Adult Soft Tissue Sarcoma Treatment (PDQ®): Treatment - Health Professional Information [NCI] - Treatment Option Overview
Second-generation trials (postifosfamide)
Subsequent chemotherapy trials were performed using anthracycline and ifosfamide combinations in patients who primarily had extremity or truncal soft tissue sarcomas. The data are conflicting, and the issue is still not settled. In a small feasibility study, 59 patients with high-risk soft tissue sarcomas, 58 of whom had an extremity or trunk as the primary site, underwent primary resection plus PORT and were randomly assigned to observation versus a dose-dense regimen of six 14-day courses of ifosfamide, dacarbazine (DTIC), and doxorubicin (IFADIC regimen) with granulocyte colony-stimulating factor (G-CSF) bone marrow support and mesna uroprotection. There were no statistically significant differences in OS or relapse-free survival (RFS), but the study was severely underpowered.
In a second trial performed by the Italian National Council for Research, high-risk patients were treated with local therapy (i.e., wide resection plus preRX or PORT, or amputation as clinically necessary) and were then randomly assigned to observation versus five 21-day cycles of 4-epidoxorubicin (epirubicin) plus ifosfamide (with mesna and G-CSF).[25,29] Based on power calculations, the planned study size was 190 patients, but the trial was stopped after 104 patients had been entered because an interim analysis revealed a statistically significant (P = .001) difference in DFS favoring the chemotherapy arm. By the time of the initial peer-reviewed report of the study, the DFS still favored the chemotherapy group (median DFS of 48 months vs. 16 months), but the P value had risen to .04.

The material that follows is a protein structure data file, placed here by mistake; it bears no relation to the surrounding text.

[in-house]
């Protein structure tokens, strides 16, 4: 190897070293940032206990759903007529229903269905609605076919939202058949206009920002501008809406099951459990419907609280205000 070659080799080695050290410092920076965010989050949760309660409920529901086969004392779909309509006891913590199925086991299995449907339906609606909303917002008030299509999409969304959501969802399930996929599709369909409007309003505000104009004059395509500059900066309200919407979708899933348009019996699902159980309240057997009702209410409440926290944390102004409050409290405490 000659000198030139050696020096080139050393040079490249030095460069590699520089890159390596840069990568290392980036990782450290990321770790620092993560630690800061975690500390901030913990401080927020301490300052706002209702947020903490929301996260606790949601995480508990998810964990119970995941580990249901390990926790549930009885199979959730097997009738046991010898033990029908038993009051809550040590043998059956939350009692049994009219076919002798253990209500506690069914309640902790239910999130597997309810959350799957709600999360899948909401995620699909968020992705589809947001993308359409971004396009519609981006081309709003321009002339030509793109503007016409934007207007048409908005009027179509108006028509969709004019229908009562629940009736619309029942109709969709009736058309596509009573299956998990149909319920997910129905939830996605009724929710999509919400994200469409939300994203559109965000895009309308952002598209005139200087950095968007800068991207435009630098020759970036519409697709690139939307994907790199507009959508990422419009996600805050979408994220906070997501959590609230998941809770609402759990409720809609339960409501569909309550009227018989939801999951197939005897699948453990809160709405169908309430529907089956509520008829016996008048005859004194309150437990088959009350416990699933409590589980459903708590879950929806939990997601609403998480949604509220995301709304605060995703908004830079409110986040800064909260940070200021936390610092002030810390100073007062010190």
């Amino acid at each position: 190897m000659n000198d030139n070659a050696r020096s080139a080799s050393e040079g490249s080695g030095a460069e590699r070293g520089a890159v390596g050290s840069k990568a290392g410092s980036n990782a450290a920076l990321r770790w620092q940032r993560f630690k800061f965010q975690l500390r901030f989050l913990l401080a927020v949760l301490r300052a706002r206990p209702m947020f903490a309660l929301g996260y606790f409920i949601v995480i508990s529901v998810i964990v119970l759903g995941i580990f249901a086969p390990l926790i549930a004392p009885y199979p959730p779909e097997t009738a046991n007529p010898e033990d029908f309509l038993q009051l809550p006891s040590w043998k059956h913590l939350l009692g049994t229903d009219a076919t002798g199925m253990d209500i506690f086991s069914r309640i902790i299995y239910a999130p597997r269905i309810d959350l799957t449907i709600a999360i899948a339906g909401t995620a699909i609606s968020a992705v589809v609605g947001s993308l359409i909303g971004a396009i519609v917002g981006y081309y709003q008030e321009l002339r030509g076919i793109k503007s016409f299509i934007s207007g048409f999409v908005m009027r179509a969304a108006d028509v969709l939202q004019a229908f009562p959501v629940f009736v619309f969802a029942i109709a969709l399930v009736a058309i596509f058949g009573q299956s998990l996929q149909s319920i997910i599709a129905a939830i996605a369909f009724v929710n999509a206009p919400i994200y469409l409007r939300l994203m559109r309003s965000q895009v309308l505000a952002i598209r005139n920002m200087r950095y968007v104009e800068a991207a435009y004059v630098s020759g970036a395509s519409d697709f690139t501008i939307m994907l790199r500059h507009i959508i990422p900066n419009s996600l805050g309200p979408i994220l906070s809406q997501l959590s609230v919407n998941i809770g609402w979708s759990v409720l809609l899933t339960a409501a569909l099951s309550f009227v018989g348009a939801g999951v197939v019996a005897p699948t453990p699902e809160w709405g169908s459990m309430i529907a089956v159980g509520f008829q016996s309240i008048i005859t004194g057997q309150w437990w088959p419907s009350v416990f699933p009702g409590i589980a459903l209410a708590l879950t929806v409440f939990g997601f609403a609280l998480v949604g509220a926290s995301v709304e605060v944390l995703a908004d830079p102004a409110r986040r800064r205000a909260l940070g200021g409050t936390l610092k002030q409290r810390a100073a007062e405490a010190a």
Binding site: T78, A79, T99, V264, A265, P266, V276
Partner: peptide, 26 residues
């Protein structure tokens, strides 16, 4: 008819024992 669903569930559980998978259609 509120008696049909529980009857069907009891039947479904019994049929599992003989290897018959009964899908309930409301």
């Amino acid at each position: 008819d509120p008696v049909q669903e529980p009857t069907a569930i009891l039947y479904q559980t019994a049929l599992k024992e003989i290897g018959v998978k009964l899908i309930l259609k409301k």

Although there was no difference in metastasis-free survival at the time of the report, there was an improvement in median OS (75 months vs. 46 months, P = .03). However, at the follow-up report (at a median of 89.6 months in a range of 56–119 months), OS differences were no longer statistically significant (58.5% vs. 43.1% [P = .07]). The DFS difference had also lost statistical significance (47.2% vs. 16.0% [P = .09). In summary, the trial was underpowered because it was stopped early, and the early promising results that led to stopping the trial diminished as the trial matured.
In a third, underpowered, single-center trial, 88 patients with high-risk soft tissue sarcomas (64 of whom had extremity or truncal primary tumors) underwent surgery (with or without radiation) and were then randomly assigned to receive four 21-day cycles of chemotherapy (epirubicin [n = 26] or epirubicin plus ifosfamide [n = 19]) versus no adjuvant chemotherapy (n = 43). The trial was closed prematurely because of a slow accrual rate. After a median follow-up of 94 months, the 5-year DFS in the chemotherapy and control arms was 69% versus 44%, respectively (P = .01); the 5-year OS rates were 72% versus 47% (P = .06). All of the benefit associated with chemotherapy appeared restricted to the 19 patients who received epirubicin plus ifosfamide.